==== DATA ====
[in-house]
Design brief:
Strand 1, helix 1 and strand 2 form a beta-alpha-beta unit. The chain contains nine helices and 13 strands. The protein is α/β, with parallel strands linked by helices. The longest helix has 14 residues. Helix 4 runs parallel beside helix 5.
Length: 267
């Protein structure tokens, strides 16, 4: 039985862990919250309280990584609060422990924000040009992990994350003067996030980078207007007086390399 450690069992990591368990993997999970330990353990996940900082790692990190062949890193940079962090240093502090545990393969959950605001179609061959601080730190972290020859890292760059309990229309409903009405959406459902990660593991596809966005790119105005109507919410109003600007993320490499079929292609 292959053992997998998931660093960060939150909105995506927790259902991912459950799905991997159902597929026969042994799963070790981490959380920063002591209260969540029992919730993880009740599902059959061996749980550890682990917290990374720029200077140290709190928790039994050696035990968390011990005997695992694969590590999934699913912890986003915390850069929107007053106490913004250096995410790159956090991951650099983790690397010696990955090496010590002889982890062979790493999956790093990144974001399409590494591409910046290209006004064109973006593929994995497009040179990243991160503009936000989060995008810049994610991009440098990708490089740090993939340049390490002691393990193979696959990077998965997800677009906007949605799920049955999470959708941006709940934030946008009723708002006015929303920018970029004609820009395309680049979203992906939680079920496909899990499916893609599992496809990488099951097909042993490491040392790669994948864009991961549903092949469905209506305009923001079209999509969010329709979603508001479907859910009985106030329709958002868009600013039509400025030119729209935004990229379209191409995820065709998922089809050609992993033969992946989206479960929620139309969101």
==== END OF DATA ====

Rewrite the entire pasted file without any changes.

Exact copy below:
[in-house]
Design brief:
Strand 1, helix 1 and strand 2 form a beta-alpha-beta unit. The chain contains nine helices and 13 strands. The protein is α/β, with parallel strands linked by helices. The longest helix has 14 residues. Helix 4 runs parallel beside helix 5.
Length: 267
């Protein structure tokens, strides 16, 4: 039985862990919250309280990584609060422990924000040009992990994350003067996030980078207007007086390399 450690069992990591368990993997999970330990353990996940900082790692990190062949890193940079962090240093502090545990393969959950605001179609061959601080730190972290020859890292760059309990229309409903009405959406459902990660593991596809966005790119105005109507919410109003600007993320490499079929292609 292959053992997998998931660093960060939150909105995506927790259902991912459950799905991997159902597929026969042994799963070790981490959380920063002591209260969540029992919730993880009740599902059959061996749980550890682990917290990374720029200077140290709190928790039994050696035990968390011990005997695992694969590590999934699913912890986003915390850069929107007053106490913004250096995410790159956090991951650099983790690397010696990955090496010590002889982890062979790493999956790093990144974001399409590494591409910046290209006004064109973006593929994995497009040179990243991160503009936000989060995008810049994610991009440098990708490089740090993939340049390490002691393990193979696959990077998965997800677009906007949605799920049955999470959708941006709940934030946008009723708002006015929303920018970029004609820009395309680049979203992906939680079920496909899990499916893609599992496809990488099951097909042993490491040392790669994948864009991961549903092949469905209506305009923001079209999509969010329709979603508001479907859910009985106030329709958002868009600013039509400025030119729209935004990229379209191409995820065709998922089809050609992993033969992946989206479960929620139309969101």